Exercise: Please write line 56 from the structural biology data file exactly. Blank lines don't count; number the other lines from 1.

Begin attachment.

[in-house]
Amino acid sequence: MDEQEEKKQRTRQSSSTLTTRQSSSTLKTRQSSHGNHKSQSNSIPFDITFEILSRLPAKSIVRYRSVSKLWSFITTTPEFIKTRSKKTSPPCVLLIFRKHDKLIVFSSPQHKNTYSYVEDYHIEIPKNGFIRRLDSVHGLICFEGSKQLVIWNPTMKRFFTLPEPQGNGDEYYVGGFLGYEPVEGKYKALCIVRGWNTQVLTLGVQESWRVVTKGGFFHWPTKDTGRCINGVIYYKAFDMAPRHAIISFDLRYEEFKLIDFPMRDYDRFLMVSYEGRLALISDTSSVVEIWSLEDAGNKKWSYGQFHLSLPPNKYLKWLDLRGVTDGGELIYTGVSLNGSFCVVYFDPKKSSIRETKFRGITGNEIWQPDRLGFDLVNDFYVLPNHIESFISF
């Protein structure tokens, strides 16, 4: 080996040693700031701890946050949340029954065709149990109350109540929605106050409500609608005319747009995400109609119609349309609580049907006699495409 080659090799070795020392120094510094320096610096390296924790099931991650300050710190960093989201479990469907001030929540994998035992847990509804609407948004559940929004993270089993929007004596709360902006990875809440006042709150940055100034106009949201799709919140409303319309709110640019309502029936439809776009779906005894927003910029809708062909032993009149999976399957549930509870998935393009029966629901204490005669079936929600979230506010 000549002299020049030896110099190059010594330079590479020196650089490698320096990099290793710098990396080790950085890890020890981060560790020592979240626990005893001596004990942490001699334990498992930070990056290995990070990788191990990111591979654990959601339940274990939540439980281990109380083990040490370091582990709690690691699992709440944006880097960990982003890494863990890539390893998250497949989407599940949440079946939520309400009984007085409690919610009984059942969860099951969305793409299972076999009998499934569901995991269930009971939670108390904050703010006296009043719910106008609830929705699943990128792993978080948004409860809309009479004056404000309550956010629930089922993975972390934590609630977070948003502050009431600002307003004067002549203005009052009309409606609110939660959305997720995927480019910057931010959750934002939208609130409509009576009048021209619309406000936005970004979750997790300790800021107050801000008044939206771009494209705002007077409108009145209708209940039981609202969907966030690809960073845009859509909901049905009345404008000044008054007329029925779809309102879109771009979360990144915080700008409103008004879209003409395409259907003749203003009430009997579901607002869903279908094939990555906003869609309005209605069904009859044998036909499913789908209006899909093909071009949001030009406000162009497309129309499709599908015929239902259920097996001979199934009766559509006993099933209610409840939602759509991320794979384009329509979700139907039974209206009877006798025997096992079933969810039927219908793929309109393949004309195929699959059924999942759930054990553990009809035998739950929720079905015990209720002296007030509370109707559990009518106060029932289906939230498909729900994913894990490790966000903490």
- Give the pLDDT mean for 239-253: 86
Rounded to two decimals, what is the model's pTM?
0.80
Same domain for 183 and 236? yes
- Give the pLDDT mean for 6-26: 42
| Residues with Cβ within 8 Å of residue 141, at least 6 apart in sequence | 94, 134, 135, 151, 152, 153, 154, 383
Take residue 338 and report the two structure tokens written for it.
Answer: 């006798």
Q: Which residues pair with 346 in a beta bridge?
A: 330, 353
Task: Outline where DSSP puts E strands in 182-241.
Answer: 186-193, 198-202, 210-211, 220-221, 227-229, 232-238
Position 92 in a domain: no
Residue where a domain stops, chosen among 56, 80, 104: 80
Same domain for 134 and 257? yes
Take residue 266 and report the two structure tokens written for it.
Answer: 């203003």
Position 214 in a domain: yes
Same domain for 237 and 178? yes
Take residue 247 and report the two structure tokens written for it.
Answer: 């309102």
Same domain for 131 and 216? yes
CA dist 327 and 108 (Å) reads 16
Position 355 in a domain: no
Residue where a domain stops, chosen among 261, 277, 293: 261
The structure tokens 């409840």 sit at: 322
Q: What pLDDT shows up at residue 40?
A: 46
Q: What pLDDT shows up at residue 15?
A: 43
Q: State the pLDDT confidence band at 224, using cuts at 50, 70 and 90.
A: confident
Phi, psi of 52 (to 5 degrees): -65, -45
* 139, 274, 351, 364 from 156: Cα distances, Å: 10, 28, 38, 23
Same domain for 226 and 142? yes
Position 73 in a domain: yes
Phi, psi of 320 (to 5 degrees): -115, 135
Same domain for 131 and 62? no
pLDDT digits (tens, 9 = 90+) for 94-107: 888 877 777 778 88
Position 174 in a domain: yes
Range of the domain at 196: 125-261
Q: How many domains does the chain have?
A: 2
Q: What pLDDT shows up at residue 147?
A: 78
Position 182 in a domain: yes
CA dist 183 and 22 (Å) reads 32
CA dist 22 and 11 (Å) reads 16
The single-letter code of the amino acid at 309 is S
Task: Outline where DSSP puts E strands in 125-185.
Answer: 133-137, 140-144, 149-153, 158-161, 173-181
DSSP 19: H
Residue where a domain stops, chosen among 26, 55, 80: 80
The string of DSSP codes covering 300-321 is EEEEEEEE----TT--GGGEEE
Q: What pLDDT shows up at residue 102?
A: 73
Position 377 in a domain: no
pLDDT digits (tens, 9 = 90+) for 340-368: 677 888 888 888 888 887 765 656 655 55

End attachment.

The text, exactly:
Residue where a domain stops, chosen among 26, 55, 80: 80